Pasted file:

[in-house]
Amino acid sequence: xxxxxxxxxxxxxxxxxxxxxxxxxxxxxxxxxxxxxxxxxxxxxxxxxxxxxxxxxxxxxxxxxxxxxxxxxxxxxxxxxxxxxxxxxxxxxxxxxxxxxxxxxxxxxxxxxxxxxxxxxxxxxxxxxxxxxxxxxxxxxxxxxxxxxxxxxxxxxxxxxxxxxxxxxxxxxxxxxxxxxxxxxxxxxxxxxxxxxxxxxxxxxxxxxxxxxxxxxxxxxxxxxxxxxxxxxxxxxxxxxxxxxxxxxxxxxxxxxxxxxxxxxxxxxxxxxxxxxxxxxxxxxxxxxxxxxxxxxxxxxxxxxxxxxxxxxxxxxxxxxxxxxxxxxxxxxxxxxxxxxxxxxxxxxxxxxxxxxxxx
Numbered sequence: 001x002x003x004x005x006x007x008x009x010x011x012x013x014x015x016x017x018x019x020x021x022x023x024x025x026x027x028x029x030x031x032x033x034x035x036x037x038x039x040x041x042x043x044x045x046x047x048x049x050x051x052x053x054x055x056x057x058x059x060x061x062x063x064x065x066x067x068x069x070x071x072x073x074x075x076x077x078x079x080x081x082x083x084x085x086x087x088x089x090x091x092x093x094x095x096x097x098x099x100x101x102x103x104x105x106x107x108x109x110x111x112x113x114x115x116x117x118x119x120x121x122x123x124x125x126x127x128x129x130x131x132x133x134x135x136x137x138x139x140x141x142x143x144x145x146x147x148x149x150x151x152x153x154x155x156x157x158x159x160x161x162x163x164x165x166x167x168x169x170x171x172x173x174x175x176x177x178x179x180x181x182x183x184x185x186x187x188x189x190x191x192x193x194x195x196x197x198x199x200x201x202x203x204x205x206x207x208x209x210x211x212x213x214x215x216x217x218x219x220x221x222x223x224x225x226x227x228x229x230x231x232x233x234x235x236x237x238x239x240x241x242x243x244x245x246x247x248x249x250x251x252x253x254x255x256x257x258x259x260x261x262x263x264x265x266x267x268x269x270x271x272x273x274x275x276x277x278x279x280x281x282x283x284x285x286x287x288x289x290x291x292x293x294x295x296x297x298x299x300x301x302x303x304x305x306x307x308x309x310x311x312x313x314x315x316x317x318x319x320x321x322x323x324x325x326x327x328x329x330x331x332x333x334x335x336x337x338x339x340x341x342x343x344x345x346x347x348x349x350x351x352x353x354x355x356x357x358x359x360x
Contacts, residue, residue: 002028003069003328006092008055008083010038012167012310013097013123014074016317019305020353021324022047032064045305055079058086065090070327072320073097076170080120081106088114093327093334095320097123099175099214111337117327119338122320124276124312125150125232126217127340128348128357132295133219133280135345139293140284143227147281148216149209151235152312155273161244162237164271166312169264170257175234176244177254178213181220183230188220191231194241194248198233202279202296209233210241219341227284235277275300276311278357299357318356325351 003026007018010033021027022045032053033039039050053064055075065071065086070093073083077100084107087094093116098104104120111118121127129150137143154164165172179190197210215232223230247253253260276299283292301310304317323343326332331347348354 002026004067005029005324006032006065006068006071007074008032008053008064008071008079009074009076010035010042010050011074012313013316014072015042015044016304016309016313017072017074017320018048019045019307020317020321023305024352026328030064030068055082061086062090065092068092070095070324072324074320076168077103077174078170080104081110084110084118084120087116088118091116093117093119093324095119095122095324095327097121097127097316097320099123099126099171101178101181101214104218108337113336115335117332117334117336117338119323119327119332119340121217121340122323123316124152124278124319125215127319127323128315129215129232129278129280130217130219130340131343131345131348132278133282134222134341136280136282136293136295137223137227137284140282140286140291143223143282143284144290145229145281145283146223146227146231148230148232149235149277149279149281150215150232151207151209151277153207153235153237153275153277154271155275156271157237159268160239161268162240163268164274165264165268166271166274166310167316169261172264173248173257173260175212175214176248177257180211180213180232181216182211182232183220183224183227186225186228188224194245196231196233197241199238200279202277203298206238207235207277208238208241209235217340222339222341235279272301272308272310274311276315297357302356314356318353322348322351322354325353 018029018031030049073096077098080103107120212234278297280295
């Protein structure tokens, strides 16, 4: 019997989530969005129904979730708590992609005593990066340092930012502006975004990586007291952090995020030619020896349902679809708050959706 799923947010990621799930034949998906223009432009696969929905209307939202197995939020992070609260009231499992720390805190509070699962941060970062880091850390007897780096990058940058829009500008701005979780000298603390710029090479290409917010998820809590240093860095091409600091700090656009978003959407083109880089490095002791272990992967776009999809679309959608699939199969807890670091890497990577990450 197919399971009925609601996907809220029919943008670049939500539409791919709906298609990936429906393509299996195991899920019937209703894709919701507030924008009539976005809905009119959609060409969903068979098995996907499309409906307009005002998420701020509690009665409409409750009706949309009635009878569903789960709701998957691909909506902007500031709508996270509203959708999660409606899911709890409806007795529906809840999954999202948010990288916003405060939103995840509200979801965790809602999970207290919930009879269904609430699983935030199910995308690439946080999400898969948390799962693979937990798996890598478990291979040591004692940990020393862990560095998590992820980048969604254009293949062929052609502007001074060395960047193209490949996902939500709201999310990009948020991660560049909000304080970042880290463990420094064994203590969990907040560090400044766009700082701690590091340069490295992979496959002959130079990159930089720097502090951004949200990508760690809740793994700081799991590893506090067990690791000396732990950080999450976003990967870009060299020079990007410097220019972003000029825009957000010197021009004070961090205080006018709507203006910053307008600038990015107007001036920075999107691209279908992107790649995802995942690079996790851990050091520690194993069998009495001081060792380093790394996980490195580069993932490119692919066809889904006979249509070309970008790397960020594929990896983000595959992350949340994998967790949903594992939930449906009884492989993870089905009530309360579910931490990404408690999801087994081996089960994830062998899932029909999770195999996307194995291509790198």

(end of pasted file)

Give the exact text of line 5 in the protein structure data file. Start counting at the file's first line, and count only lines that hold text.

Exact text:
């Protein structure tokens, strides 16, 4: 019997989530969005129904979730708590992609005593990066340092930012502006975004990586007291952090995020030619020896349902679809708050959706 799923947010990621799930034949998906223009432009696969929905209307939202197995939020992070609260009231499992720390805190509070699962941060970062880091850390007897780096990058940058829009500008701005979780000298603390710029090479290409917010998820809590240093860095091409600091700090656009978003959407083109880089490095002791272990992967776009999809679309959608699939199969807890670091890497990577990450 197919399971009925609601996907809220029919943008670049939500539409791919709906298609990936429906393509299996195991899920019937209703894709919701507030924008009539976005809905009119959609060409969903068979098995996907499309409906307009005002998420701020509690009665409409409750009706949309009635009878569903789960709701998957691909909506902007500031709508996270509203959708999660409606899911709890409806007795529906809840999954999202948010990288916003405060939103995840509200979801965790809602999970207290919930009879269904609430699983935030199910995308690439946080999400898969948390799962693979937990798996890598478990291979040591004692940990020393862990560095998590992820980048969604254009293949062929052609502007001074060395960047193209490949996902939500709201999310990009948020991660560049909000304080970042880290463990420094064994203590969990907040560090400044766009700082701690590091340069490295992979496959002959130079990159930089720097502090951004949200990508760690809740793994700081799991590893506090067990690791000396732990950080999450976003990967870009060299020079990007410097220019972003000029825009957000010197021009004070961090205080006018709507203006910053307008600038990015107007001036920075999107691209279908992107790649995802995942690079996790851990050091520690194993069998009495001081060792380093790394996980490195580069993932490119692919066809889904006979249509070309970008790397960020594929990896983000595959992350949340994998967790949903594992939930449906009884492989993870089905009530309360579910931490990404408690999801087994081996089960994830062998899932029909999770195999996307194995291509790198």